enterprise required. The new road
was tc tap the main line at Benkel-
man, eb.. seventy-eight miles. The
cost of building the sugar beet factory
was to be one-half million dollars and
the building and equipping the rail
road was to be close to one million.
Half the total amount of the sugar
factory and the railroad was to be
raised by popular subscription among
the people of Cheyenne county and
Yuma county. Colorado. The subscrip
tion list? were passed around and a
hundred thousand was raised in a very
short time. At that point o f the
operation Mr. Dunbar left and went to
Kansas City to look after materials for
beginning operations. A few days
after leaving St. Francis he tele
graphed from Kansas City that he had
made arrangements with a Kansas
City bank to take over the subscription
notes which were being held in escrow
by the banks In St. Francis, and that
he must have twelve thousand dollars
in cash forwarded to Kansas City in
the first mail. A committee Qf citi
zens of the town were appointed to go
to Kansas City and investigate Dunbar.
But before they arrived there he was
placed under arrest for having
swindled his wife's brother out of a
considerable sum of money. The com
mittee found he was living in Kansas
City in almost poverty. When the
word was received of the circum
stances tne people were chagrined and
disappointed. The result was the com
mercial club disbanded. The citizens
promised themselves that they would
not harbor any more Dunbars In the
future. It is said that he escaped the
officers in Kansas City and was never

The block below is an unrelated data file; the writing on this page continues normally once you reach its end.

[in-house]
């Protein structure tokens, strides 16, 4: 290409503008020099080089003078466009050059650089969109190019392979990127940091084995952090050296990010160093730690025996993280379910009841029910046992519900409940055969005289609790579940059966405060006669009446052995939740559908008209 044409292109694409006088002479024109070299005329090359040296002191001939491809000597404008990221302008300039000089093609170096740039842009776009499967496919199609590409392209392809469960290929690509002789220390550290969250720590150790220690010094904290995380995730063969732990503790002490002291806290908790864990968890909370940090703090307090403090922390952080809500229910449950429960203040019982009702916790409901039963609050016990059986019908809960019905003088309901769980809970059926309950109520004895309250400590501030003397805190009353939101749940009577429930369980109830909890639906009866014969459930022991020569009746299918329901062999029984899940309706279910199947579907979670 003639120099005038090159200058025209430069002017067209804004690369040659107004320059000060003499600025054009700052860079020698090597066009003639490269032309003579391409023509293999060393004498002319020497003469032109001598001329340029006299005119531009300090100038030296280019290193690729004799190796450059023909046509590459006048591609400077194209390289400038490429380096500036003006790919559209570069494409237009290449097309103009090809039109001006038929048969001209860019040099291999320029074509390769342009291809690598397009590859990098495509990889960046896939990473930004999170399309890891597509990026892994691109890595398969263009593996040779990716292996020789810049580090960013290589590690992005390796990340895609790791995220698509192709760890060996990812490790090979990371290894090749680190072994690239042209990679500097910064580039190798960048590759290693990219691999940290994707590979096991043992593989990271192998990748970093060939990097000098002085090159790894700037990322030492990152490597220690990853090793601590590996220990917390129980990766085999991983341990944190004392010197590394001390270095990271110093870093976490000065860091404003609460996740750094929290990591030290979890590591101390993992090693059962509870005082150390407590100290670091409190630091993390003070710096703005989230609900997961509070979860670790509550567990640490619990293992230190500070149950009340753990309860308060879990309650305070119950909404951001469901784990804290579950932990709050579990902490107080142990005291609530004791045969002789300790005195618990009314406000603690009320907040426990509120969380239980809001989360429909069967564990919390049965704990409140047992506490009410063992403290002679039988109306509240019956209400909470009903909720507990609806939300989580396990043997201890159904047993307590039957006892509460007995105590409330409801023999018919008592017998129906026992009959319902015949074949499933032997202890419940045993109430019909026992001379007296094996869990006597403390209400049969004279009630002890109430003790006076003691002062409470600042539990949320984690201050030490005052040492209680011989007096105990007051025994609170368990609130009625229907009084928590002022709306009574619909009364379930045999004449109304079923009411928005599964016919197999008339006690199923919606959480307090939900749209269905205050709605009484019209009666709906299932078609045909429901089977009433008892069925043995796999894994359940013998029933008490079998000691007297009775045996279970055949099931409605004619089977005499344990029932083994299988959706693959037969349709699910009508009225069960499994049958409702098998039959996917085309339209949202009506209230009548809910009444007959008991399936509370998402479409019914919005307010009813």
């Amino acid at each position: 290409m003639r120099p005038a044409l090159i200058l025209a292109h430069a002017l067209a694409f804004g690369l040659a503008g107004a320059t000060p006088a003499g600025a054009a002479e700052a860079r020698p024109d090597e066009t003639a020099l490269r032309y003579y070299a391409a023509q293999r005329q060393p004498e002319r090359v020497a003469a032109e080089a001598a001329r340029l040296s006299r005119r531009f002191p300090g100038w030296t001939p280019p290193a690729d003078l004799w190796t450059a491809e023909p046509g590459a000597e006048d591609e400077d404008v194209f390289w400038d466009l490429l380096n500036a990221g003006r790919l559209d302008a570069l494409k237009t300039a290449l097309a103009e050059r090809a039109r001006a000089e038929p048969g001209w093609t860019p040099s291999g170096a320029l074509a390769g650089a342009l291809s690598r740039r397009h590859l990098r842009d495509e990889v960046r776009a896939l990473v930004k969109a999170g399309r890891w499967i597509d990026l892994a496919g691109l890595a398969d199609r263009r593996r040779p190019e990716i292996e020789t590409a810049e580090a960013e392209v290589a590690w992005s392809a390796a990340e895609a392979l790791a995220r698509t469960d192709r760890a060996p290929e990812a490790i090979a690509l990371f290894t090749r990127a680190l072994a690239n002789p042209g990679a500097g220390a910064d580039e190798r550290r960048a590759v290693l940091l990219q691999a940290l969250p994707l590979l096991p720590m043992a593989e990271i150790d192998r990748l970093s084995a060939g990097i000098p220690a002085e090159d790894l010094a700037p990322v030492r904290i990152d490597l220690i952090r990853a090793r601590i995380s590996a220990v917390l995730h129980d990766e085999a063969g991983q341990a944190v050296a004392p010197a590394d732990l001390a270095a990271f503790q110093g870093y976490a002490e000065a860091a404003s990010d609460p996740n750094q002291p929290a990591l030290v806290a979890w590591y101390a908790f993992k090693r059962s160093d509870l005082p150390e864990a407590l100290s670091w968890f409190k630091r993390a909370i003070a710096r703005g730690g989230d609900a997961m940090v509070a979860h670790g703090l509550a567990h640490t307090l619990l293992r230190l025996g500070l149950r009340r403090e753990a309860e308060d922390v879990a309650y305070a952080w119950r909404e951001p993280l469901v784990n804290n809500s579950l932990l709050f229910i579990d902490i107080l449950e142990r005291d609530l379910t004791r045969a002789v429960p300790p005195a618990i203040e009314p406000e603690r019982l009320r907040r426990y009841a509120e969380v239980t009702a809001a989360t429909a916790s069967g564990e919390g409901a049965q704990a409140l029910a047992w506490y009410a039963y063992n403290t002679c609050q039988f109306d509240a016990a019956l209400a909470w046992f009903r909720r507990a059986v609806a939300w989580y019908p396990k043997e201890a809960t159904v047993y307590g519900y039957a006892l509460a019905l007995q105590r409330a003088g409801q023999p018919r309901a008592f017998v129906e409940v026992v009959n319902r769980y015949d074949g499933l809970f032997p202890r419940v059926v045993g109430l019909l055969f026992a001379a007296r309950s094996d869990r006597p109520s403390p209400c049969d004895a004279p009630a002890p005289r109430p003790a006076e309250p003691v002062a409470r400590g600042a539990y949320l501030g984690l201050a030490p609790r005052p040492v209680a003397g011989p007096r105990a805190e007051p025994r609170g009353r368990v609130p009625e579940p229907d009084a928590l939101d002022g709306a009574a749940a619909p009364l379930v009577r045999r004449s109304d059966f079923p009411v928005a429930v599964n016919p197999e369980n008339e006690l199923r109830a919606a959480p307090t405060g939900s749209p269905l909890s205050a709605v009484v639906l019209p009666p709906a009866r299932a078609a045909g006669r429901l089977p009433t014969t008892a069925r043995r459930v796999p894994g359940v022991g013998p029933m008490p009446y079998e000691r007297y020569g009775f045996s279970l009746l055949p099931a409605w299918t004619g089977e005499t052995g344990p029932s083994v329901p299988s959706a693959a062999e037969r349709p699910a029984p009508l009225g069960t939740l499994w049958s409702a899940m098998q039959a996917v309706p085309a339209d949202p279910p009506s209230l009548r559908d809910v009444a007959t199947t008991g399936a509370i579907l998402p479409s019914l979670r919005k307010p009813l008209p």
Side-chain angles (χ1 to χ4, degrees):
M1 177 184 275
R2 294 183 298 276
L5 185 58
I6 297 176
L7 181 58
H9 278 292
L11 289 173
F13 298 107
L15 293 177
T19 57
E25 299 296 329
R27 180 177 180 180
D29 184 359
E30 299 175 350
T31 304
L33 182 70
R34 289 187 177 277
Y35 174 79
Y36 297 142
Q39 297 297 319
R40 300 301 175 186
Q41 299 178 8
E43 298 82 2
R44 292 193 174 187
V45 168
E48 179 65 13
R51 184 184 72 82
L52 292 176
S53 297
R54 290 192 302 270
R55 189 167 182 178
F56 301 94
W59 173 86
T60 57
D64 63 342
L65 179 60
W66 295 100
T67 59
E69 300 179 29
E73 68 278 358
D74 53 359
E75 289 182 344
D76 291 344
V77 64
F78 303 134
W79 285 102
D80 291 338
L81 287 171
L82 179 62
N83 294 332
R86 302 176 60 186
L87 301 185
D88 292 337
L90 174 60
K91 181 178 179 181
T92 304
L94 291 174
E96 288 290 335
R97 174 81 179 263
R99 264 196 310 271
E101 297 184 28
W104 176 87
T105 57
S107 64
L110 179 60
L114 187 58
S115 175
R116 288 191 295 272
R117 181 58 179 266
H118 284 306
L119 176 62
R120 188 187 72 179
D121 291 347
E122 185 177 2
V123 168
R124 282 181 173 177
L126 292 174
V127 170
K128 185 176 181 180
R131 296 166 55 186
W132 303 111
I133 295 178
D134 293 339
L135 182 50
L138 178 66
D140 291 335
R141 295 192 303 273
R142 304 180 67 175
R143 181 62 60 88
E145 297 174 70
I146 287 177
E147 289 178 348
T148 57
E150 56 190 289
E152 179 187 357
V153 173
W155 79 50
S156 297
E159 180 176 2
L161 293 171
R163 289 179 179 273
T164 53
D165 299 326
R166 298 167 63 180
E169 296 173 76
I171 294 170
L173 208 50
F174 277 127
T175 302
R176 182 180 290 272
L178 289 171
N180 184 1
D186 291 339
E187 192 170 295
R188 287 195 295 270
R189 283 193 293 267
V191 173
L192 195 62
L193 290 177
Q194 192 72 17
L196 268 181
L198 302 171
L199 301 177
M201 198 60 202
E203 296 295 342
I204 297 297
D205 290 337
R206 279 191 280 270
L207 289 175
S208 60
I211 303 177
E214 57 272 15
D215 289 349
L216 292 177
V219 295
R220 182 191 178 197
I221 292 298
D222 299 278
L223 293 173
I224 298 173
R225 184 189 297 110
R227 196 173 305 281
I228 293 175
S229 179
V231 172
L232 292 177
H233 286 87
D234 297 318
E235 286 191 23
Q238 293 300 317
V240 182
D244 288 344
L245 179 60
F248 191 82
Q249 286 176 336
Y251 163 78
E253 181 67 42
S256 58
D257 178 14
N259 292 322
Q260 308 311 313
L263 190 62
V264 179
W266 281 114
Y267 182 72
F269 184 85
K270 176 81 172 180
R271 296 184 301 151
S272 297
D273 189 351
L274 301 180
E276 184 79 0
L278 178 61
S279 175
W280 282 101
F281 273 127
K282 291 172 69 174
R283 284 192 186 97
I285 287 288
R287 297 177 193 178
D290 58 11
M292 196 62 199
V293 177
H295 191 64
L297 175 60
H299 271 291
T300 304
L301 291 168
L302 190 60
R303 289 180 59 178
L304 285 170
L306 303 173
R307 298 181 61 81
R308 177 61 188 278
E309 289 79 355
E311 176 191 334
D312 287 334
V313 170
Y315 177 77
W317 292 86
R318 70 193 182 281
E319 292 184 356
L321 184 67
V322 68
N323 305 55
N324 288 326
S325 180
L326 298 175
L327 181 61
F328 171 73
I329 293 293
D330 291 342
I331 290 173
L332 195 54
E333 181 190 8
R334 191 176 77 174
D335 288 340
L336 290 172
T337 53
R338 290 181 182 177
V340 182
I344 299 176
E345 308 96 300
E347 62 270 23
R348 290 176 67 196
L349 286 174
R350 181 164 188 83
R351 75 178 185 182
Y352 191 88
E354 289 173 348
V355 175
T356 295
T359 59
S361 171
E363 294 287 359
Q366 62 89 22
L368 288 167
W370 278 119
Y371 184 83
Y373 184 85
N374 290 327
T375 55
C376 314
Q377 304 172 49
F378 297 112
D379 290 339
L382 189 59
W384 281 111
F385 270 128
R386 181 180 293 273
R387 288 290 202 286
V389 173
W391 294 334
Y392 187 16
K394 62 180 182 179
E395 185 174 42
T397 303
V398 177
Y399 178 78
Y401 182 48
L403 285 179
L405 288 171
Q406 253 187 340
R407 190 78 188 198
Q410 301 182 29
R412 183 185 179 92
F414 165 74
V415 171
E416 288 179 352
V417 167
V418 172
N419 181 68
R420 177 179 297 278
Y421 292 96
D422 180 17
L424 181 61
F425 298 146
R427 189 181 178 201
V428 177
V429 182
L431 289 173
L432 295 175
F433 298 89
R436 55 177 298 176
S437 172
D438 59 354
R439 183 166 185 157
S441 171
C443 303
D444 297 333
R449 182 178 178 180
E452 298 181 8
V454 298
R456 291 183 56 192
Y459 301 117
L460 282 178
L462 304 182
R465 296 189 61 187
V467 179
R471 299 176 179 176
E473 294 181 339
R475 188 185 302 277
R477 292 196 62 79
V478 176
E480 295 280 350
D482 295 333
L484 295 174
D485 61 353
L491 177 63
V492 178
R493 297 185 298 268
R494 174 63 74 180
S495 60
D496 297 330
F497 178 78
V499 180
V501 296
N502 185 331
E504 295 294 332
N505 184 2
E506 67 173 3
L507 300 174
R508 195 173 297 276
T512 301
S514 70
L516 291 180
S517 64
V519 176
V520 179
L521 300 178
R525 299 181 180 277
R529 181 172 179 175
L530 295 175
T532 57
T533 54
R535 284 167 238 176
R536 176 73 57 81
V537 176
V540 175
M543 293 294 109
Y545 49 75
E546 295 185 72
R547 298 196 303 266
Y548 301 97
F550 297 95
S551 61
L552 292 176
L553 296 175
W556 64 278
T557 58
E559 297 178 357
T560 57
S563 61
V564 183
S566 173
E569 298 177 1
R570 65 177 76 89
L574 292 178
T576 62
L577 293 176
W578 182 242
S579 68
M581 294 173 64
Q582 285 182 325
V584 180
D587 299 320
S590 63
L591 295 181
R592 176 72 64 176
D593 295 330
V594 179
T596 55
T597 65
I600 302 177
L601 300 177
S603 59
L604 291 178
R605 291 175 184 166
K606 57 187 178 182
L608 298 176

heard of again in St. Francis or Chev
,e?awlins count' organized In
1881. It is said there were only six
farmers in the county in April, 1879
In March, 1880, only one house was
erected in Atwood, the county seat.
In August of the same year twenty
five were built. Your correspondent
remembers his first visit to the town,
several years ahead of the railroad!
United States Senator John J. Ingalls
was touring northwest Kansas in the
interest of selecting a site for a gov
ernent land office. A town named
Beaverton had started up in July,
1880. and the promoters believed they
could pull the county seat and land
office to their town. They also imag
ined, they could hear the Central
Branch (Missouri Pacific) engine
whistling for BeaVerton. Several
towns were after the land office, At
wood and Beaverton, Rawlins county;
Wano, Cheyenne county; Oberlin. De
catur county, and three other aspir
ants, Inez, Kelso and Kenneth, Sheri
dan county. Oberlin was selected for
the location. In August. 18S0. there
was published in Atwood. the Pio
neer, by A. S. Thome, who also car
ried on & general ,store. Your item
izer found the following lines of busi
ness carried on: Anderson & Greason
published the Republican-Citizen ; J.
P. Mathes. general stock, also lum
ber; Xelson Bros, and G. W. Gaunt,
grocers; Wm. Reilly & Co., hardware
and - furniture; S D. Warren, flour
"riotel le Boiler Plate," opposite
court house, thoroly remodeled for
comfort of unwilling guests.
and feed, also harness; W. H. Wilson,
drugs; J. R. Murray, blacksmith; W.
D. Lee. wagon maker; G. H. Tonsley,
baker and restaurant; Miss Laura El
der, millinery, and D. Swift, hotel. It
took only two lawyers in the pioneer
days to do the work. C. S. Winsiow
and W. E. Hopper. Only one of the
above mentioned is now living in At
wood. From pioneer times to the
present your correspondent has seen
the building of three court houses, be
sides watched the town grow to 800
population. The town also won out
in one of the fiercest county seat
struggles known in northwestern Kan
sas. It was the home of Cyrus An
derson, former secretary of the board
nf railroad commissioners, and Fred
x'.obertson. who is serving his second
term as United States district attor
ney. For the last four years Rawlins
county has been close to the top In
raising wheat. Many of her pioneer
cittzens have got to their journey's
end, including J. M. Matheney, James
Greason, J. D. Hacker, Cyrus Ander
son, Albert Hemming. Dorwln Higley,
John M. Burton, G. Leeper, J. H. and